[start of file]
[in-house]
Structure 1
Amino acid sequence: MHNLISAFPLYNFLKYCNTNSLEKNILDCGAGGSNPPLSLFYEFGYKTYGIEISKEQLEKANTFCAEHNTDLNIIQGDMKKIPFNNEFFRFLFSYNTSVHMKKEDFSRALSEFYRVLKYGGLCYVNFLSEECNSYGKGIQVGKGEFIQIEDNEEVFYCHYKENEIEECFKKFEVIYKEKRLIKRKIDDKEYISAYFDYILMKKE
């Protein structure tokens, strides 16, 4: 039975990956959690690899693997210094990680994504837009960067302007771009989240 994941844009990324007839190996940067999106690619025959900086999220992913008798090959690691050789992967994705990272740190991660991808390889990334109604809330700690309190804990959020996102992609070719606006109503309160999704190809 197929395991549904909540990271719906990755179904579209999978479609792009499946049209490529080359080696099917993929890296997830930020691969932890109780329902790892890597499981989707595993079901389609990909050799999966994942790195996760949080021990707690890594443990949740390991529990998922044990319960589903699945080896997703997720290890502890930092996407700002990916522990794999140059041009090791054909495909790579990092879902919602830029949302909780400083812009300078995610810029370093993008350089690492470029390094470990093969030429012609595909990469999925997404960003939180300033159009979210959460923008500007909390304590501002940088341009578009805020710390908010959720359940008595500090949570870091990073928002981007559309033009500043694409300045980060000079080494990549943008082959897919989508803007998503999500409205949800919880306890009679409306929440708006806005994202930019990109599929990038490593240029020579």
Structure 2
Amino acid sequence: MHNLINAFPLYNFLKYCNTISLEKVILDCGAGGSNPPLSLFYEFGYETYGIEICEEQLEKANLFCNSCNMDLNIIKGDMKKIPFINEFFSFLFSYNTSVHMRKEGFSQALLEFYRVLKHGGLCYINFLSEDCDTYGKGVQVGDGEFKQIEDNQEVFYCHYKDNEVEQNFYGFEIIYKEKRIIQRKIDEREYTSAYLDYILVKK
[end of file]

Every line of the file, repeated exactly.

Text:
[in-house]
Structure 1
Amino acid sequence: MHNLISAFPLYNFLKYCNTNSLEKNILDCGAGGSNPPLSLFYEFGYKTYGIEISKEQLEKANTFCAEHNTDLNIIQGDMKKIPFNNEFFRFLFSYNTSVHMKKEDFSRALSEFYRVLKYGGLCYVNFLSEECNSYGKGIQVGKGEFIQIEDNEEVFYCHYKENEIEECFKKFEVIYKEKRLIKRKIDDKEYISAYFDYILMKKE
């Protein structure tokens, strides 16, 4: 039975990956959690690899693997210094990680994504837009960067302007771009989240 994941844009990324007839190996940067999106690619025959900086999220992913008798090959690691050789992967994705990272740190991660991808390889990334109604809330700690309190804990959020996102992609070719606006109503309160999704190809 197929395991549904909540990271719906990755179904579209999978479609792009499946049209490529080359080696099917993929890296997830930020691969932890109780329902790892890597499981989707595993079901389609990909050799999966994942790195996760949080021990707690890594443990949740390991529990998922044990319960589903699945080896997703997720290890502890930092996407700002990916522990794999140059041009090791054909495909790579990092879902919602830029949302909780400083812009300078995610810029370093993008350089690492470029390094470990093969030429012609595909990469999925997404960003939180300033159009979210959460923008500007909390304590501002940088341009578009805020710390908010959720359940008595500090949570870091990073928002981007559309033009500043694409300045980060000079080494990549943008082959897919989508803007998503999500409205949800919880306890009679409306929440708006806005994202930019990109599929990038490593240029020579």
Structure 2
Amino acid sequence: MHNLINAFPLYNFLKYCNTISLEKVILDCGAGGSNPPLSLFYEFGYETYGIEICEEQLEKANLFCNSCNMDLNIIKGDMKKIPFINEFFSFLFSYNTSVHMRKEGFSQALLEFYRVLKHGGLCYINFLSEDCDTYGKGVQVGDGEFKQIEDNQEVFYCHYKDNEVEQNFYGFEIIYKEKRIIQRKIDEREYTSAYLDYILVKK